Catch of the Day: Encrypted Wire Transfer Phish
Chef’s Special: Smash and Grab Phish
Examples of clever phish that made it past my spam filters and into my inbox. Some are sent by clients or readers like you, and other reliable sources on the Internet.
You can send phishing samples to me at firstname.lastname@example.org.
My intention is to provide a warning and show current examples of phishing scams, related articles, and education about how these scams and exploits work, and how to detect them in your inbox. If the pictures are too small or extend off the page, double clicking the image will display them in a photo viewer app.
Encrypted Wire Transfer Phish
I received this on 2022-06-30 from an address in Brazil. A new twist on credential stealing. Heres the details, starting with the email
The email headers show the sender to be using a Brazilian mail server.
The IP address location confirms the source
The VIEW ENCRYPTED EMAIL link resolves to http://akdhmkplf2e2kz0crkw0whoqpakdhmkplf2e2kz0crkw0whoqp.ch-tx.com/ionos/#?0=Ym9id2Vpc3NAd3l6Z3V5cy5jb20= which was redirected to https://mkdesignsforbaby.com/adobe/index.php?error=1&0=Ym9id2Vpc3NAd3l6Z3V5cy5jb20=
Using my test password generated an error message, but I am sure completed the mission for the attacker,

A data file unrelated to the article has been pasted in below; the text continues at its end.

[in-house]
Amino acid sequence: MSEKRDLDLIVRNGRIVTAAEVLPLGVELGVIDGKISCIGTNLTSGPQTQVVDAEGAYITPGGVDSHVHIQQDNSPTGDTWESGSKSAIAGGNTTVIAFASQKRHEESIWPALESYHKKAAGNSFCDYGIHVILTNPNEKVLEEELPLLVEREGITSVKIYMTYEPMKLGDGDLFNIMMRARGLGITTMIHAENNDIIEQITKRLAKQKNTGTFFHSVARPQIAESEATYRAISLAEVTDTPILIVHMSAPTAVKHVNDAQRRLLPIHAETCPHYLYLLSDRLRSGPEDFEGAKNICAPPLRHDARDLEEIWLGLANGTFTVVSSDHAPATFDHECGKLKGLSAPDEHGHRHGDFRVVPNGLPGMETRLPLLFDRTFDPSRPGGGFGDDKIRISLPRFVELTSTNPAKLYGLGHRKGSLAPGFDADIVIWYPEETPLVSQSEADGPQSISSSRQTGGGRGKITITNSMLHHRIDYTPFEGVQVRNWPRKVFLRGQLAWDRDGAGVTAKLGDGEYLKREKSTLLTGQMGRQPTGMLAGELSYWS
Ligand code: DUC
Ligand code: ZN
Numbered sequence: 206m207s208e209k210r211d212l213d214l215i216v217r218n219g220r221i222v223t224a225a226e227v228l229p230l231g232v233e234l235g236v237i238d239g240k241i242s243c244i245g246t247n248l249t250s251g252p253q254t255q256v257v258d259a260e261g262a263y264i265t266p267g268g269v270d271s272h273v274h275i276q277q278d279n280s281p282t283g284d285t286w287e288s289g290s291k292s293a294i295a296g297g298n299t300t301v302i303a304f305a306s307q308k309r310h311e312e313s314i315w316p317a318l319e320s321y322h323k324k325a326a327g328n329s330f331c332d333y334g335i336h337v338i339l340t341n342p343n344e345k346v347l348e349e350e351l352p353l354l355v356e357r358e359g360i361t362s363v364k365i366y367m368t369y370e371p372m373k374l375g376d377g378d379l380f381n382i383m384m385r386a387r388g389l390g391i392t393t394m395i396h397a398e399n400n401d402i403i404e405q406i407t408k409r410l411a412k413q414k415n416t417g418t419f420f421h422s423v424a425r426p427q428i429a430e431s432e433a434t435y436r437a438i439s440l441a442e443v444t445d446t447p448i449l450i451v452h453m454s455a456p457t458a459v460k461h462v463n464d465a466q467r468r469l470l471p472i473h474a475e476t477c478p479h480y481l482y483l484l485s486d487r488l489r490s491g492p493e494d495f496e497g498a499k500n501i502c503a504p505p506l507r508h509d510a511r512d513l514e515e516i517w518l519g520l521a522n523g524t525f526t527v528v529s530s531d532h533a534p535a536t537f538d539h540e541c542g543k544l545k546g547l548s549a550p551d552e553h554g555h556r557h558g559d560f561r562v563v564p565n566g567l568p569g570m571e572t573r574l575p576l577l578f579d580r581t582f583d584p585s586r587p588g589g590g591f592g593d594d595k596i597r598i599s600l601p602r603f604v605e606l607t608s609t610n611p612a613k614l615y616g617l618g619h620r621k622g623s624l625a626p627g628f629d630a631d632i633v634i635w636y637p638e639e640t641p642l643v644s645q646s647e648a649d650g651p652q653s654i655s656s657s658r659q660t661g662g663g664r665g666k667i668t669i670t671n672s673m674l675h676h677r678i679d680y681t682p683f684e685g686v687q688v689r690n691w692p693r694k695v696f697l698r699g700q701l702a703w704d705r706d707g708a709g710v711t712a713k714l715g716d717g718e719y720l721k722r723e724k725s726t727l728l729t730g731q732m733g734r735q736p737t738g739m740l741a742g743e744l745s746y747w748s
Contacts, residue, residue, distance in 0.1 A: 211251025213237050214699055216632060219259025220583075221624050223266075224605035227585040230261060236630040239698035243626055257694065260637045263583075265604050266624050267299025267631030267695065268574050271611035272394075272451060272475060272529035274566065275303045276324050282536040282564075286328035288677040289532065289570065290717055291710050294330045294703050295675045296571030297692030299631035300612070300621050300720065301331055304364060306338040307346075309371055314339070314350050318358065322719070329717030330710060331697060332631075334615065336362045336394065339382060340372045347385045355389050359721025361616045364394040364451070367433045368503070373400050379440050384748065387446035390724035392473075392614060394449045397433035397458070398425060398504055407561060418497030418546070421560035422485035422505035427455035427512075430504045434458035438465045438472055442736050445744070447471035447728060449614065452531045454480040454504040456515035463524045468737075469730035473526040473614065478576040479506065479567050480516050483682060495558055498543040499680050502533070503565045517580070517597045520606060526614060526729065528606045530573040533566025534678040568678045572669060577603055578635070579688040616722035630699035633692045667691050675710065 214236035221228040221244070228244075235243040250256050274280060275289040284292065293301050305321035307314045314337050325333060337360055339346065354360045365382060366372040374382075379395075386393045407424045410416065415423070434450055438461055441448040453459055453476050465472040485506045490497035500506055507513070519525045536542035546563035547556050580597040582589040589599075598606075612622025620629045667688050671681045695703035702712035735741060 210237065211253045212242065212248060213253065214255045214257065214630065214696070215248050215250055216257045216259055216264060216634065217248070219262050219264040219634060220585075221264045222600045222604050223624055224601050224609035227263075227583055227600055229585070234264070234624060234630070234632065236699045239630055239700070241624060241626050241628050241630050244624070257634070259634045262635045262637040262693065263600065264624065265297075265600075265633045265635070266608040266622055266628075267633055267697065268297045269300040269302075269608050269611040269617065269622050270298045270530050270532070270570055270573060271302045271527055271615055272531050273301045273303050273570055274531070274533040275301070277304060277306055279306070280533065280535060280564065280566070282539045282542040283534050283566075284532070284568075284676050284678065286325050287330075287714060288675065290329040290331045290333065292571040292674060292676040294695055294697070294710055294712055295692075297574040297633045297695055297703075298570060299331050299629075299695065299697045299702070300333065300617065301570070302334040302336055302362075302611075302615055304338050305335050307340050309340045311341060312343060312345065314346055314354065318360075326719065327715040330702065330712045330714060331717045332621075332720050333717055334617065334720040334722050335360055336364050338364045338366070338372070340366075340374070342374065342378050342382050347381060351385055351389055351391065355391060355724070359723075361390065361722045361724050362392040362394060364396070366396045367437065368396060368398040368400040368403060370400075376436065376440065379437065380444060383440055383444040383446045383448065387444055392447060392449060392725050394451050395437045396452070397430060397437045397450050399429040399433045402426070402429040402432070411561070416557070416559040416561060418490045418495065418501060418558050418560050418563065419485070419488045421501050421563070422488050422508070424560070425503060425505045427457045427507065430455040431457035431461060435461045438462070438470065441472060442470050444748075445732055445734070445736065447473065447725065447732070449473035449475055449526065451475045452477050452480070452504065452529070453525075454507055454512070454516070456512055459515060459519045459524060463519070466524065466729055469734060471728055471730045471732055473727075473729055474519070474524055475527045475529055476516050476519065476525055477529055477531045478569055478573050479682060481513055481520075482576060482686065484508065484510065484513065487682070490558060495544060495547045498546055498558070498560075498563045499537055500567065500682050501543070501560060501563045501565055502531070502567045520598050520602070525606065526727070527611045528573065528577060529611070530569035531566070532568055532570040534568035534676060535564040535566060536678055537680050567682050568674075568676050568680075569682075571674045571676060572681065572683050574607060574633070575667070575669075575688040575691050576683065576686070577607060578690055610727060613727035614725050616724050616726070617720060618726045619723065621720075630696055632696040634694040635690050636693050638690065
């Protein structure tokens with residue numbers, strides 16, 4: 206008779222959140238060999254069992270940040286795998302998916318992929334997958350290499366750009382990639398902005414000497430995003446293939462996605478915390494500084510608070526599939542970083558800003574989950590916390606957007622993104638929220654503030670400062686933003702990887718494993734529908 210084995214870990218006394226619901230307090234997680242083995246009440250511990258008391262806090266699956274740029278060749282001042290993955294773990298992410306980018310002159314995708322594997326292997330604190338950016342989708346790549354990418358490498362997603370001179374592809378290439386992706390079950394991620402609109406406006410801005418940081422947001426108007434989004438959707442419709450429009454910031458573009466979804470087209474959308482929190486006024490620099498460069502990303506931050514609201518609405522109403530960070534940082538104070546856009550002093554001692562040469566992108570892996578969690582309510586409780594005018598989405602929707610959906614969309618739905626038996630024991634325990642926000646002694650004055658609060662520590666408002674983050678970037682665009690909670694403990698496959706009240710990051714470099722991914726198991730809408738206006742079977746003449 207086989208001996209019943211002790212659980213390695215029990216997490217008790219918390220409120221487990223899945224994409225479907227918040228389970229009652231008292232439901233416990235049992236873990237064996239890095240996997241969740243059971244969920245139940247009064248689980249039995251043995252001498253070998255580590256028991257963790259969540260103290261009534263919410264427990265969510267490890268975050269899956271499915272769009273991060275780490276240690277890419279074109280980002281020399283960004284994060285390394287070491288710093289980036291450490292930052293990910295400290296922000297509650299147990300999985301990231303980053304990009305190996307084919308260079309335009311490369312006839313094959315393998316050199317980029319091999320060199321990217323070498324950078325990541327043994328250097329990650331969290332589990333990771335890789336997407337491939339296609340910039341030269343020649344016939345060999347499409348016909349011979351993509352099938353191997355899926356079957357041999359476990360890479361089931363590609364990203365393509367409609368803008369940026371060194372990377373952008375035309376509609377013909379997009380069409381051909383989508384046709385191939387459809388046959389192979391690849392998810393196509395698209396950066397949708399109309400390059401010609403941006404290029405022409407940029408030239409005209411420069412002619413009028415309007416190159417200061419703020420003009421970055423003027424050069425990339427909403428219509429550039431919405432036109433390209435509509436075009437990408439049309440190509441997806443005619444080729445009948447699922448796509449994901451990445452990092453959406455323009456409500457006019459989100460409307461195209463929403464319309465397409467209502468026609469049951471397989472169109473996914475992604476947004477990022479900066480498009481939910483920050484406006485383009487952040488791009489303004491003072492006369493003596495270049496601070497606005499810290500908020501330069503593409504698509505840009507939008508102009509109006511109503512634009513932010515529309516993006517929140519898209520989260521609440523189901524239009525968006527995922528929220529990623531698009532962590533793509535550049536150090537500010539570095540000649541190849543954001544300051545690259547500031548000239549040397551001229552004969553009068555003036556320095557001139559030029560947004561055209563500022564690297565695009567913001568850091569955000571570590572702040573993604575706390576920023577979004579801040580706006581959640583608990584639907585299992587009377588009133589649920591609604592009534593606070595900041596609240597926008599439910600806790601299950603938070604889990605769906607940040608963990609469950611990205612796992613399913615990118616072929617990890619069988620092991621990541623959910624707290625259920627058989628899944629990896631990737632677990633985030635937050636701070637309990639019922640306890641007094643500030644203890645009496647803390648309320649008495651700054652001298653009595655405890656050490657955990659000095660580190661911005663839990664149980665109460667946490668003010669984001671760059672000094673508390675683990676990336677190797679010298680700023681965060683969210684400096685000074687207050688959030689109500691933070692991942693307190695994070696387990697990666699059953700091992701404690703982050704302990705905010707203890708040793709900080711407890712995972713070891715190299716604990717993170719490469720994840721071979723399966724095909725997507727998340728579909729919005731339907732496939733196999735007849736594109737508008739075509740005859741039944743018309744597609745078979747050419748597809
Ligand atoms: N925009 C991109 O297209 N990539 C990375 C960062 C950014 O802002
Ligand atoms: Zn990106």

I opened the hijacked domain https://mkdesignsforbaby.com/ and was sent to an Office365 welcome page at https://www.office.com/.
I looked up the domain on ICANN WHOIS, and found that the domain had been registered in 2013. So this domain and web server has been hijacked to host the exploit landing pages.
Information I have been receiving lately from the cybersecurity publication I read say that credential stealing is one of the major purposes of phishing emails. Based on the emails I am receiving, I’d have to say this is the case.
ReversingLabs recently discovered of a new version of the AstraLocker ransomware (AstraLocker 2.0) that was being distributed directly from Microsoft Office files used as bait in phishing attacks. Our analysis suggests that the threat actor responsible for this campaign likely obtained the underlying code for AstraLocker 2.0 from a leak of the Babuk ransomware in September 2021. Links between the two campaigns include shared code and campaign markers, while a Monero wallet address listed for ransom payment is tied to the Chaos Ransomware gang.
The “smash and grab” attack methodology as well as other features suggest the attacker behind this malware is low-skill and looking to cause disruption, compared with the more patient, methodical, and measured approach to compromises used by Babuk and other, more sophisticated ransomware outfits. This underscores the risk posed to organizations following code leaks like that affecting Babuk, as a large population of low-skill, high-motivation actors leverage the leaked code for use in their own attacks. More…